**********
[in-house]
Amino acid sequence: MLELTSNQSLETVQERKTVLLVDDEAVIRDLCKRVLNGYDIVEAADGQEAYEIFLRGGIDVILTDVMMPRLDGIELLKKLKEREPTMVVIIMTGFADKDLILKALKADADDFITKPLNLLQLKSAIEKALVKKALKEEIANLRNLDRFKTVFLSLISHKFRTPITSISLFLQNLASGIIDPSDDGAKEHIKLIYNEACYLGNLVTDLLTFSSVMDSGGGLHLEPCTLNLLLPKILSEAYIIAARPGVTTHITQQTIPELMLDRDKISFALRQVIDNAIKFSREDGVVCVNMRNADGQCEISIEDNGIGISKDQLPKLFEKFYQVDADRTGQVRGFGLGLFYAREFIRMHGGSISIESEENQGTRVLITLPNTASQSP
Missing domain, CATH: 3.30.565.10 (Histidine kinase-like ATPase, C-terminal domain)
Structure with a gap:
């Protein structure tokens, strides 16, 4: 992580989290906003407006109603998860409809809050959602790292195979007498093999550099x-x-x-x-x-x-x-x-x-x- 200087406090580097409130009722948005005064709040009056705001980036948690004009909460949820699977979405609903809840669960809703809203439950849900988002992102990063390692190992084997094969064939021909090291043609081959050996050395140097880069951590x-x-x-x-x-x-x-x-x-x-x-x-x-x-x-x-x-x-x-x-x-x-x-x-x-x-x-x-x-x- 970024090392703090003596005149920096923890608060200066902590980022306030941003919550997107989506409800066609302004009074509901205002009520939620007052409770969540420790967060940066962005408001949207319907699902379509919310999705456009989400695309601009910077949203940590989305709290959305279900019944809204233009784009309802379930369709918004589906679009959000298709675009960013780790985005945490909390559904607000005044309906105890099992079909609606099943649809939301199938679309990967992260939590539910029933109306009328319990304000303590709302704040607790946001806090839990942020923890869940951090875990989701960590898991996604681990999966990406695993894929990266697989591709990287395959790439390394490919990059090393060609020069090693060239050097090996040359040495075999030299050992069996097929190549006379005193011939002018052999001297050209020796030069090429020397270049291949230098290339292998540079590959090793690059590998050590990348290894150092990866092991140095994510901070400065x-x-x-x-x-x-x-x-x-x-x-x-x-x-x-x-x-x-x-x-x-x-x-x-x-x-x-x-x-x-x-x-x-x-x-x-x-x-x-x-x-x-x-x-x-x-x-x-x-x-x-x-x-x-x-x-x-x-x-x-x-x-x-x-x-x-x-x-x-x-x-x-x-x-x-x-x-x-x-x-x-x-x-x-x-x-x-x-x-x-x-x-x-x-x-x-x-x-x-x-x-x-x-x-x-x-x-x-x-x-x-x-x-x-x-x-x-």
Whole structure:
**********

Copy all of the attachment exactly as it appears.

[in-house]
Amino acid sequence: MLELTSNQSLETVQERKTVLLVDDEAVIRDLCKRVLNGYDIVEAADGQEAYEIFLRGGIDVILTDVMMPRLDGIELLKKLKEREPTMVVIIMTGFADKDLILKALKADADDFITKPLNLLQLKSAIEKALVKKALKEEIANLRNLDRFKTVFLSLISHKFRTPITSISLFLQNLASGIIDPSDDGAKEHIKLIYNEACYLGNLVTDLLTFSSVMDSGGGLHLEPCTLNLLLPKILSEAYIIAARPGVTTHITQQTIPELMLDRDKISFALRQVIDNAIKFSREDGVVCVNMRNADGQCEISIEDNGIGISKDQLPKLFEKFYQVDADRTGQVRGFGLGLFYAREFIRMHGGSISIESEENQGTRVLITLPNTASQSP
Missing domain, CATH: 3.30.565.10 (Histidine kinase-like ATPase, C-terminal domain)
Structure with a gap:
């Protein structure tokens, strides 16, 4: 992580989290906003407006109603998860409809809050959602790292195979007498093999550099x-x-x-x-x-x-x-x-x-x- 200087406090580097409130009722948005005064709040009056705001980036948690004009909460949820699977979405609903809840669960809703809203439950849900988002992102990063390692190992084997094969064939021909090291043609081959050996050395140097880069951590x-x-x-x-x-x-x-x-x-x-x-x-x-x-x-x-x-x-x-x-x-x-x-x-x-x-x-x-x-x- 970024090392703090003596005149920096923890608060200066902590980022306030941003919550997107989506409800066609302004009074509901205002009520939620007052409770969540420790967060940066962005408001949207319907699902379509919310999705456009989400695309601009910077949203940590989305709290959305279900019944809204233009784009309802379930369709918004589906679009959000298709675009960013780790985005945490909390559904607000005044309906105890099992079909609606099943649809939301199938679309990967992260939590539910029933109306009328319990304000303590709302704040607790946001806090839990942020923890869940951090875990989701960590898991996604681990999966990406695993894929990266697989591709990287395959790439390394490919990059090393060609020069090693060239050097090996040359040495075999030299050992069996097929190549006379005193011939002018052999001297050209020796030069090429020397270049291949230098290339292998540079590959090793690059590998050590990348290894150092990866092991140095994510901070400065x-x-x-x-x-x-x-x-x-x-x-x-x-x-x-x-x-x-x-x-x-x-x-x-x-x-x-x-x-x-x-x-x-x-x-x-x-x-x-x-x-x-x-x-x-x-x-x-x-x-x-x-x-x-x-x-x-x-x-x-x-x-x-x-x-x-x-x-x-x-x-x-x-x-x-x-x-x-x-x-x-x-x-x-x-x-x-x-x-x-x-x-x-x-x-x-x-x-x-x-x-x-x-x-x-x-x-x-x-x-x-x-x-x-x-x-x-």
Whole structure: